If you’ve ever thought about going to watch an exciting NASCAR race but you feel intimidated because you don’t know very much about the sport, we’ve got you covered. We’re passionate about NASCAR here at your hometown Ocala Honda dealership, Honda of Ocala. And we’d like to share that passion with you by introducing you to this supercharged, super-fast, super exciting spectator sport.
We’ll start with a brief history of NASCAR as we trace how it’s evolved from humble beginnings to one of the world’s most popular sporting events.
NASCAR – The Early Years
World War II had ended, and America was getting back to normalcy. GIs returned home and were eager to get back behind the wheel. Craving excitement, backyard speed demons fueled an explosion of makeshift tracks throughout the country where they could show off their driving skills. Some improvised tracks sprung up briefly during county fairs. Races were often chaotic affairs and rules varied from track to track. Nonetheless, stock car racing was drawing crowds from coast to coast. But it soon became apparent that some organization of this growing sport needed to happen.
Enter Bill France, Sr. He was a strong-willed man who had a vision of what stock car racing could become. He organized the first meeting of track owners in Daytona Beach in December 1947 organizing the National Association for Stock Car Racing to establish set standards for the sport. The first NASCAR race was held on Feb. 15, 1948, with the legendary Red Byron besting his rivals on Daytona’s beach-road course in his modified Ford. Six days after the race, on Feb. 21, 1948, NASCAR was officially incorporated.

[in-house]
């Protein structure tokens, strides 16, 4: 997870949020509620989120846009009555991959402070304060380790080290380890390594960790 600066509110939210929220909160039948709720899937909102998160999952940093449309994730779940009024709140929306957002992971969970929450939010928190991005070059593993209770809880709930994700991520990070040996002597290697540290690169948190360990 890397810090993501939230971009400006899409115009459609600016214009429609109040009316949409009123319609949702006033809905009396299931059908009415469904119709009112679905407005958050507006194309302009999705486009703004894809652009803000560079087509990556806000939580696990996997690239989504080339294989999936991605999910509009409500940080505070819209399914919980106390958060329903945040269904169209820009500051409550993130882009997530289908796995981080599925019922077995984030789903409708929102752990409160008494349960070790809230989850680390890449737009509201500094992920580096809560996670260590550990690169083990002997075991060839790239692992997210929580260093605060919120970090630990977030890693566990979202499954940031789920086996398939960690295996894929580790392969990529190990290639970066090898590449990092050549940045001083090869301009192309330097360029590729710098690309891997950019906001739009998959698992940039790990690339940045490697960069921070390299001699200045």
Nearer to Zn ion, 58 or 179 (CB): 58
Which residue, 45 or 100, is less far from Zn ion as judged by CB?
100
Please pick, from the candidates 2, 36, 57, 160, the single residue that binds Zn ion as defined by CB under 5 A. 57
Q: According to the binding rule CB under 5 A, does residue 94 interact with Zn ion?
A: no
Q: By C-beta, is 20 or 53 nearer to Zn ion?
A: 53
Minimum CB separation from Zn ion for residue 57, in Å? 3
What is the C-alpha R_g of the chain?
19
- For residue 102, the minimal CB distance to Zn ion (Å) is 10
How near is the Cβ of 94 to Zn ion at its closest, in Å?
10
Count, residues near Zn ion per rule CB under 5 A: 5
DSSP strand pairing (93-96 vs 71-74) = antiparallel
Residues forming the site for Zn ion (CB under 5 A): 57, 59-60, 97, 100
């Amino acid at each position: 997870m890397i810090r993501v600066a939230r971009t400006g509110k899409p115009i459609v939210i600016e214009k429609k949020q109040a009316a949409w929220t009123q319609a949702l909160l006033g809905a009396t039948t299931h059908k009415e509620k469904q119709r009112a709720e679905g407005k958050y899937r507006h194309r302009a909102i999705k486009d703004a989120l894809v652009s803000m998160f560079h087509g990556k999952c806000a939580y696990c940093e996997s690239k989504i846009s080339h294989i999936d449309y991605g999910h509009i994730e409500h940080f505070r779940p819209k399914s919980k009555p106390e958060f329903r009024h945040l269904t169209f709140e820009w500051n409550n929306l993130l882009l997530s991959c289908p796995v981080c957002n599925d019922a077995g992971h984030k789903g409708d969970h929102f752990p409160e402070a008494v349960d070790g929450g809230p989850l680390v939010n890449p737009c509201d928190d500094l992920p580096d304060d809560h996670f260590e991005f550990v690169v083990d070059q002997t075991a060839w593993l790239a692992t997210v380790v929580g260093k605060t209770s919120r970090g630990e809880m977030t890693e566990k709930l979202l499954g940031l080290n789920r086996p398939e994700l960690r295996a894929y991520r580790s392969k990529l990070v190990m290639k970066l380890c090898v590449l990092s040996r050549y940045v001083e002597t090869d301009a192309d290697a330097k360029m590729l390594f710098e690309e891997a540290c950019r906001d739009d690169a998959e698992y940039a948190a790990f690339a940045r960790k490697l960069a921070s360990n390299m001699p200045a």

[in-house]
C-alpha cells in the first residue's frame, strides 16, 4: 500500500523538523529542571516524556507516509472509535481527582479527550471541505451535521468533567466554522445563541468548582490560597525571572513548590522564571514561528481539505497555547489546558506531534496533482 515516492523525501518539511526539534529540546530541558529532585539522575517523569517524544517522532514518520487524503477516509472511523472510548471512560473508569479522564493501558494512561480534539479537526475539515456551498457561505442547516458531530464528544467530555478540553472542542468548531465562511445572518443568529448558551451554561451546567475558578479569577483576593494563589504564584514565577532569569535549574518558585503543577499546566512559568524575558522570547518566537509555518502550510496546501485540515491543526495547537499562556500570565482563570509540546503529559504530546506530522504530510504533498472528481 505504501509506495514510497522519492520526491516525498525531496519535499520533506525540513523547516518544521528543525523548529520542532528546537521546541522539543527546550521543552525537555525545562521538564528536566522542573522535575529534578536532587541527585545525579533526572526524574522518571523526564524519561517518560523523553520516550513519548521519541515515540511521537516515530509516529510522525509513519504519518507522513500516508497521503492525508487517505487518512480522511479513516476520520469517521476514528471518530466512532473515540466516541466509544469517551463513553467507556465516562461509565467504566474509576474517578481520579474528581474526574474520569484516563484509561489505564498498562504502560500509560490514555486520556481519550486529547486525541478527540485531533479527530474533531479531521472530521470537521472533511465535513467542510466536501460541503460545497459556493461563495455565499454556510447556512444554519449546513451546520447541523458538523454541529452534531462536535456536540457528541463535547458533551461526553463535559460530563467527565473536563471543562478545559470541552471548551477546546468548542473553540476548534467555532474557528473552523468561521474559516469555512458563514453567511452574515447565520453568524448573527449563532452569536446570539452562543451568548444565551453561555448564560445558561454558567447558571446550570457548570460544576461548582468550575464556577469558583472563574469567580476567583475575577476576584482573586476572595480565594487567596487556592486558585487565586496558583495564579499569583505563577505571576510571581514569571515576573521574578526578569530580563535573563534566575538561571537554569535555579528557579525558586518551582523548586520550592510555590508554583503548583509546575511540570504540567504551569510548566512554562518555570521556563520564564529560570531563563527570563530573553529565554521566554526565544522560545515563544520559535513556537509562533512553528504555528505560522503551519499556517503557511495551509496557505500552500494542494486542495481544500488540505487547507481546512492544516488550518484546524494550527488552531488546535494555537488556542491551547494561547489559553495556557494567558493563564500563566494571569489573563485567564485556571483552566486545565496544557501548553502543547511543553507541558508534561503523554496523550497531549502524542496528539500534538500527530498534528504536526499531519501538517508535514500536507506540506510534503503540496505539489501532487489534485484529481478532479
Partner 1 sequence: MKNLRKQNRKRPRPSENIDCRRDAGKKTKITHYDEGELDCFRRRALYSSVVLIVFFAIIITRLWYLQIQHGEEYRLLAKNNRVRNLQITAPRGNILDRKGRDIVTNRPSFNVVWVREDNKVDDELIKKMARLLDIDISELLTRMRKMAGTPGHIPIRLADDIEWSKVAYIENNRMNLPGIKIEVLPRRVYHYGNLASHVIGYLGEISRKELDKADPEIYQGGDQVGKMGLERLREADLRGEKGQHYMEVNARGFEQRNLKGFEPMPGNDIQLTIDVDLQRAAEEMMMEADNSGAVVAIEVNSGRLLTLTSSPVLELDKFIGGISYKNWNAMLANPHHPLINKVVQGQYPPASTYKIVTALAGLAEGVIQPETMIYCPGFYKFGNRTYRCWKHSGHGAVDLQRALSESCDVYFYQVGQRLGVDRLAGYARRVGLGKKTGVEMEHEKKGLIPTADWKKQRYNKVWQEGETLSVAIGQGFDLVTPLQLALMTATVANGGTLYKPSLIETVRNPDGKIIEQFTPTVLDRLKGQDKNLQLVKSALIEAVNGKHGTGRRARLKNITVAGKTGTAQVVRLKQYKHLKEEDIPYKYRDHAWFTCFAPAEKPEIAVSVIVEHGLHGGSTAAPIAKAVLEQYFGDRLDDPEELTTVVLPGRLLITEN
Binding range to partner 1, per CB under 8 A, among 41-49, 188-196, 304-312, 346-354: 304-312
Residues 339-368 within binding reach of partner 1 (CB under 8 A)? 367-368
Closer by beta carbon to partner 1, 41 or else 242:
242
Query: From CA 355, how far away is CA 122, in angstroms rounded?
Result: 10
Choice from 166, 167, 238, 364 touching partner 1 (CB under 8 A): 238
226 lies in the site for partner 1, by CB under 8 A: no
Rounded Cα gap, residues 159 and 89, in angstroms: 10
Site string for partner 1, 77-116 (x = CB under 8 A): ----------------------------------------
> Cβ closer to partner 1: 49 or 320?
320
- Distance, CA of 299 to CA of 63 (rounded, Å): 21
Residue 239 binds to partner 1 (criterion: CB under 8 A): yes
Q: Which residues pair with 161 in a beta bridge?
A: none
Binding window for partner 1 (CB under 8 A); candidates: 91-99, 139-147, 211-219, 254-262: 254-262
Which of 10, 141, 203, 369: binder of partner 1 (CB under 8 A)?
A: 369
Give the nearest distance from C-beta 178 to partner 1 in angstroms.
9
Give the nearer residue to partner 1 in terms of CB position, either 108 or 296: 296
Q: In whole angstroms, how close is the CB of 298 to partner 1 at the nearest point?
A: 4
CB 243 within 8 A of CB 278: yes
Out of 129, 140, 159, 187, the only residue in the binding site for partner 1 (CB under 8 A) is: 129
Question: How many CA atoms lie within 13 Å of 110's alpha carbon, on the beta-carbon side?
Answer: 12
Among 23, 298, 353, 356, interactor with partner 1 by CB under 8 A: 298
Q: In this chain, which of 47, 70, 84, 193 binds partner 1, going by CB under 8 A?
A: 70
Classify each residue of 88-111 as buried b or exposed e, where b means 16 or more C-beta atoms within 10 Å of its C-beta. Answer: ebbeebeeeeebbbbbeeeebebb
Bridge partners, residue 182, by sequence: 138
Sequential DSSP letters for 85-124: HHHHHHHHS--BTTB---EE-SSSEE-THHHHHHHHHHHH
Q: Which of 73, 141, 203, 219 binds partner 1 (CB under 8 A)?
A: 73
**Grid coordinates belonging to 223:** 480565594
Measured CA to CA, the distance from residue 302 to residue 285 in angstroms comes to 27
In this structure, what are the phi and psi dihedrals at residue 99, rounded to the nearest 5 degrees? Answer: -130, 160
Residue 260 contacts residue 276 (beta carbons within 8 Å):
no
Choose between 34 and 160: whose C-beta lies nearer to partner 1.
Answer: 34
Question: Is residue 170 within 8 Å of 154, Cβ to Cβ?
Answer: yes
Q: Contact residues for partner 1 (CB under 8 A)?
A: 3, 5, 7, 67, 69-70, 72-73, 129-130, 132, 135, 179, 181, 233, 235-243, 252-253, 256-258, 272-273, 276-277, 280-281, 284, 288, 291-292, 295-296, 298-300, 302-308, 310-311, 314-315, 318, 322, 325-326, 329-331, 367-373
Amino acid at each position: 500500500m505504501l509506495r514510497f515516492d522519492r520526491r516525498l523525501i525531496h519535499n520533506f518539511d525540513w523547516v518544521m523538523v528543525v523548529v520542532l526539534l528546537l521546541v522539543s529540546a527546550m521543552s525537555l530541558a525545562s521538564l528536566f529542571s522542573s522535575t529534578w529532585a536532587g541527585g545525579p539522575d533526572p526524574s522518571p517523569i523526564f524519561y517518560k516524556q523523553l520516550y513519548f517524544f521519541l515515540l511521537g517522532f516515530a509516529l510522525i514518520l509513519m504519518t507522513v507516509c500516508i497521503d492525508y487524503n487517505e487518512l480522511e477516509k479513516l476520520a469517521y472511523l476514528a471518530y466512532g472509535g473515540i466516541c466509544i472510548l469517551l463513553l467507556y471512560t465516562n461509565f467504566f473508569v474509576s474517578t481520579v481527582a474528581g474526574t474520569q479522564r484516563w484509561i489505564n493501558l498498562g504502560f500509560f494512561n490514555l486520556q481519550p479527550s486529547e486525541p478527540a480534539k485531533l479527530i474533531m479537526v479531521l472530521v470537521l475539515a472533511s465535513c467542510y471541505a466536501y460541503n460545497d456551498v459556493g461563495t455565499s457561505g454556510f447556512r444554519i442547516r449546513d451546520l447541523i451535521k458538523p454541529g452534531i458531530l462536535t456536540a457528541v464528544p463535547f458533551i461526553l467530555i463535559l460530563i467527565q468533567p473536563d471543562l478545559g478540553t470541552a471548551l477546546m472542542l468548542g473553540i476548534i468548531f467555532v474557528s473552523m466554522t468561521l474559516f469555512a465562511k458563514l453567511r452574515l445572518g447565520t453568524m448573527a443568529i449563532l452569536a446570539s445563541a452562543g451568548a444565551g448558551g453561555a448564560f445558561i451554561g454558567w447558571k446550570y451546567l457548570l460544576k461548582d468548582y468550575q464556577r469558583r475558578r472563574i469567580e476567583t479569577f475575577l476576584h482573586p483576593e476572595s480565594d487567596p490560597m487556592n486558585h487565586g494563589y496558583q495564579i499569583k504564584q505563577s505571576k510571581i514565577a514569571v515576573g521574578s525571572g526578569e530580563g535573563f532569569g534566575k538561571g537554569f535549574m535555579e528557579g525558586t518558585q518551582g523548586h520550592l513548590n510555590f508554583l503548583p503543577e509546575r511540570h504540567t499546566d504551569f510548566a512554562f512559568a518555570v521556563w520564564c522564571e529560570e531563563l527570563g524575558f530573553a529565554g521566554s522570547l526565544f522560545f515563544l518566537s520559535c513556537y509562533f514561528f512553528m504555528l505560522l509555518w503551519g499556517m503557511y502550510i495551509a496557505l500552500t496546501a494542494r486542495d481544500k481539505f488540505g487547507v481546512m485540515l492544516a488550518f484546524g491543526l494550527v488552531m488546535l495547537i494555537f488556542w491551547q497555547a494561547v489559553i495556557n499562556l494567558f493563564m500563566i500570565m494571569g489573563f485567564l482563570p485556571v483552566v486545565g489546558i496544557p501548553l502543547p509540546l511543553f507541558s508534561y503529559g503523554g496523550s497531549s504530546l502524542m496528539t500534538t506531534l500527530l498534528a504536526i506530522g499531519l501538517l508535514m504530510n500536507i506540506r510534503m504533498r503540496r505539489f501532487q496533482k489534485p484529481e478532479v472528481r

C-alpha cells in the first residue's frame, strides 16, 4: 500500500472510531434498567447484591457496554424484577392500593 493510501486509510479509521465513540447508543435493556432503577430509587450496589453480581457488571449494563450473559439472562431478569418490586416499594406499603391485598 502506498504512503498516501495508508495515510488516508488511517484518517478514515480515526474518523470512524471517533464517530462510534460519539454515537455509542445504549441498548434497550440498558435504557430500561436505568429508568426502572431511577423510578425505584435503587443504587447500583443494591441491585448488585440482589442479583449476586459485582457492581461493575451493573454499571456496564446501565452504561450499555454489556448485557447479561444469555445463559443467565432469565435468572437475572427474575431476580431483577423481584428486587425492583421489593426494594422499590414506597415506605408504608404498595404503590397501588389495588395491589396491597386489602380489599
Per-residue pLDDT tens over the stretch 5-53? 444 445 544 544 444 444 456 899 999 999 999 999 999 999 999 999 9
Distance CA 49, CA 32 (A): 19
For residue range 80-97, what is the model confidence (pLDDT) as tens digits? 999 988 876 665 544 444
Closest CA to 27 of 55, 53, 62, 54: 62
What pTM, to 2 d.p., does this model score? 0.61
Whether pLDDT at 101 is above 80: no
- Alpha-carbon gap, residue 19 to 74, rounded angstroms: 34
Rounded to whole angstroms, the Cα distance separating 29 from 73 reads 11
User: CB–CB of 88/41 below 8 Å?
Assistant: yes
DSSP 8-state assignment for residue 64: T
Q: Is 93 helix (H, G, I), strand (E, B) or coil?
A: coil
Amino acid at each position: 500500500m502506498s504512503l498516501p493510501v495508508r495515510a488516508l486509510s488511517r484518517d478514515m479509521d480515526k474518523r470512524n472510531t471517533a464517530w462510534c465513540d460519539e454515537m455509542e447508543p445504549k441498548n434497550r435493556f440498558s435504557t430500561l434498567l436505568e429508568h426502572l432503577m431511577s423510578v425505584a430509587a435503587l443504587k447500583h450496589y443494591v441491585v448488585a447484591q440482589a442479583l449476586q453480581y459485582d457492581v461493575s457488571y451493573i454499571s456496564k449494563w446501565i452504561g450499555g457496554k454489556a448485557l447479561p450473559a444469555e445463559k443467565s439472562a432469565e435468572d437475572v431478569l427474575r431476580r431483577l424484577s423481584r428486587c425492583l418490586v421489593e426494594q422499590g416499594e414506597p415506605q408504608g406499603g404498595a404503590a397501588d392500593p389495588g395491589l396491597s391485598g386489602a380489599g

Shortly after that, in 1949, Jim Roper of Great Bend, KS won the first NASCAR Grand National race at the Charlotte Fairgrounds. This would become what we know today as the NASCAR Sprint Cup Series, the sport’s premier racing division. In 1950, Darlington Raceway opened in South Carolina, becoming the nation’s first asphalt superspeedway. This was followed by the storied Daytona International Speedway, debuting as one of the largest such facilities in the world. The first Daytona 500 ended in a photo finish between Lee Petty and Johnny Beauchamp. It would be three days before Petty was declared the winner. Continue reading